Harold Washington’s legacy matters more than ever in these troubled times
Chicago was devastated by the death of the city’s first Black mayor, whose reform agenda changed this deeply segregated city. His story is told in the documentary “Punch 9 for Harold Washington.”
This is the season when luscious turkey leftovers beckon. I look ahead with sugarplum anticipation, but also with melancholy, as Harold Washington’s memory brings a perennial tear in my eye.
Chicago’s greatest mayor died suddenly, on Nov. 25, 1987, the day before Thanksgiving.
As a cub reporter, I covered Washington’s 1983 mayoral campaign. I was later privileged to serve as deputy press secretary to Chicago’s first Black mayor.
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Washington’s irrepressible charisma, boundless energy and keen political instincts inspired and empowered the voiceless. He is sorely missed, 34 years beyond a too-soon demise, especially in this time of racial reckoning.
To Harold Washington, race always mattered. Decades before the “Black Lives Matter” battle cry, racial justice forged his political career and campaign for change.
What has race got to do with it? He would ask and demand answers. Washington governed on a platform of racial equity long before most other politicians would even acknowledge, much less embrace it.
Washington prevailed over “the 29,” the racist and venal City Council cabal that viciously opposed him for three years. He won control of the Council but died just months after he won reelection.
Washington always said he would be mayor for the next 20 years.
Chicago was devastated. For three days that bleak November, thousands waited in the cold to pay their respects as Washington’s body lay in state at City Hall.
Then, we mourned what was not to be. Today, we celebrate what is.
Washington’s reform agenda changed this deeply segregated and oppressed city forever.
Like all politicians, he made many promises on the campaign trail. The one that mattered most was one he assiduously kept:
“No one — but no one — in this city, no matter where they live, or how they live, is free from the fairness of our administration,” he would declare. “We’ll find you, and be fair to you, wherever you are!”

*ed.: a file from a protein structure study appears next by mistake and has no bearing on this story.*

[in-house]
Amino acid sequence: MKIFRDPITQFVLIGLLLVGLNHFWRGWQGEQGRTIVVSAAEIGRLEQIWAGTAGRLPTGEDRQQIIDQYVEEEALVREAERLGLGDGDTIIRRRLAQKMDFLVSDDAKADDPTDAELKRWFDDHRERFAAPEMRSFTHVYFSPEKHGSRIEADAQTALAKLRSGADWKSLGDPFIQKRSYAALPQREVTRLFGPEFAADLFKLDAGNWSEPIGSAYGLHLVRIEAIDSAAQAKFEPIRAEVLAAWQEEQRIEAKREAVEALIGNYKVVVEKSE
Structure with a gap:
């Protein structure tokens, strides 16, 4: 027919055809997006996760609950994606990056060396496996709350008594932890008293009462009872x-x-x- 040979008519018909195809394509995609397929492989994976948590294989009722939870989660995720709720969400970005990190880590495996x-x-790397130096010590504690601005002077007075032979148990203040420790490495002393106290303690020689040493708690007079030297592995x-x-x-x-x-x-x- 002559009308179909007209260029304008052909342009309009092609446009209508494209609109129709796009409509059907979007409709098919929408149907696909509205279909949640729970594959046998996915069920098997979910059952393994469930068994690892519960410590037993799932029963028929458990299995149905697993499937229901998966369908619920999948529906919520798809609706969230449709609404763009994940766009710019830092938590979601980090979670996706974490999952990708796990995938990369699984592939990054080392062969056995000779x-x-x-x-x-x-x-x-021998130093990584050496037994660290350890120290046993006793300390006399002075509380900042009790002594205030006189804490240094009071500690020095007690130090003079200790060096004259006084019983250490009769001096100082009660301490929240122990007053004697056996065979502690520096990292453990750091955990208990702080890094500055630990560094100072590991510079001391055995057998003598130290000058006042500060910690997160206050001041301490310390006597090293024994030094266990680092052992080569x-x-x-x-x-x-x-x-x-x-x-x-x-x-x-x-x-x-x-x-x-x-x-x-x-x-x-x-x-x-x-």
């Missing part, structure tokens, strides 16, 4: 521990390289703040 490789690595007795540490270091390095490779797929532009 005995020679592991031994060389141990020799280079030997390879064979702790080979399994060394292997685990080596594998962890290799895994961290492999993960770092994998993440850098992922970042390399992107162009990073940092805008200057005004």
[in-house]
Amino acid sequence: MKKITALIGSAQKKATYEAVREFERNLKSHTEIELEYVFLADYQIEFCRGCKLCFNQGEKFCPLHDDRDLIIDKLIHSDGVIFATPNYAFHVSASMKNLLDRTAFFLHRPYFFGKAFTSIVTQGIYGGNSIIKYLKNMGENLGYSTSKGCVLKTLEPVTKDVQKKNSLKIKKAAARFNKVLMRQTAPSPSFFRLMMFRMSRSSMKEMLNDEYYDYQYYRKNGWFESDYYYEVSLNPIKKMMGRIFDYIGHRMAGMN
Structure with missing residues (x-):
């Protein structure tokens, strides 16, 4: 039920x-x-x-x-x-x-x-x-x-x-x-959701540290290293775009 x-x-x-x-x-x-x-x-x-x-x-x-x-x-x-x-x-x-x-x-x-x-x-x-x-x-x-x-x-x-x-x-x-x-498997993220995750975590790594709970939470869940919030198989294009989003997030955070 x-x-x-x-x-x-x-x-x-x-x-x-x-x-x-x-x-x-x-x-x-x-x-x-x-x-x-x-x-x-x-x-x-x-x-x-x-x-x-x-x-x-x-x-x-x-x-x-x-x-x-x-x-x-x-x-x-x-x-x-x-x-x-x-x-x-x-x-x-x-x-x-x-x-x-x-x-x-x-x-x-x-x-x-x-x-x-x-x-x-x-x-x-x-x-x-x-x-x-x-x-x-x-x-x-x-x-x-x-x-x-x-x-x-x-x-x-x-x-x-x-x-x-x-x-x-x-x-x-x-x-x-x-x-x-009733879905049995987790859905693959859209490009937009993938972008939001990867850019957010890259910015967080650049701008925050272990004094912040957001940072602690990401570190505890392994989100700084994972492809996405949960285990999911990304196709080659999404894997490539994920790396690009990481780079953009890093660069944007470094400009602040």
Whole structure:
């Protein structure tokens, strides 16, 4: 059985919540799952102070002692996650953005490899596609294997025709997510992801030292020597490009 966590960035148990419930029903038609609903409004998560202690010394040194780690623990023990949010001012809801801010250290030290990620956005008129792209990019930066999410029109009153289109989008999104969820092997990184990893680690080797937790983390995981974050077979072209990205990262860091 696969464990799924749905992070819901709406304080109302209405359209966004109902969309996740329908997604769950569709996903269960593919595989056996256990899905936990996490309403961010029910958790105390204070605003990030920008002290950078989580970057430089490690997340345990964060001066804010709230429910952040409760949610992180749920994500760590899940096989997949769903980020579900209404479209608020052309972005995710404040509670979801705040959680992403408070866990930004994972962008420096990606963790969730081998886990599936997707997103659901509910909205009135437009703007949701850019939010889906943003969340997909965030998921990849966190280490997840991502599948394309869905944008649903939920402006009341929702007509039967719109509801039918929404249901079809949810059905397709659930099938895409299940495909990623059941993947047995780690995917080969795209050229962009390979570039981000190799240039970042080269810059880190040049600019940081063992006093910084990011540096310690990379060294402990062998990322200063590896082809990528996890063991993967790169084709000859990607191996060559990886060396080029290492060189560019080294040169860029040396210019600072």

Harold found us. His administration pioneered laws and policies promoting government transparency and access. He appointed an abundance of people of color, women and LGBT people to leadership positions.
He mandated equal distribution of city services, infrastructure projects and grants to community organizations. His economic development and planning initiatives lifted long-neglected neighborhoods. Washington spearheaded ethics and tenant protection laws, collective bargaining rights and helped minority-owned businesses get their fair share of city contracts.
He was a brilliant political tactician, a policy maven and a voracious bookworm. He wooed Chicago with his charisma and fighting spirit.
That story is memorialized in the new documentary, “Punch 9 for Harold Washington.” It chronicles his rise to City Hall. When I caught it last week, the tears flowed once again.
The feature-length documentary is a masterful quilt of storytelling, historic videos and photos and the bright voices of that era.
It reminds us that Washington was the first reform mayor who genuinely beat the notorious Democratic Party Machine. He inspired voters to believe change could happen and that democracy was real. He laid the political way for the nation’s first Black president.
Barack Obama moved to Chicago in 1985, in part, because Washington was here. “For those of you who recall that era and recall Chicago at that time, it’s hard to forget the sense of possibility that he sparked in people,” he once told the Congressional Black Caucus.
The documentary has been shown at film festivals in Chicago and New York City. Its director, Joe Winston, is seeking a distributor for a wide release.
In these times, the Washington legacy matters more than ever.
For more on “Punch 9,” go to punch9movie.com.
Laura Washington is a columnist for the Sun-Times and a political analyst for ABC-7. Follow her on Twitter @mediadervish
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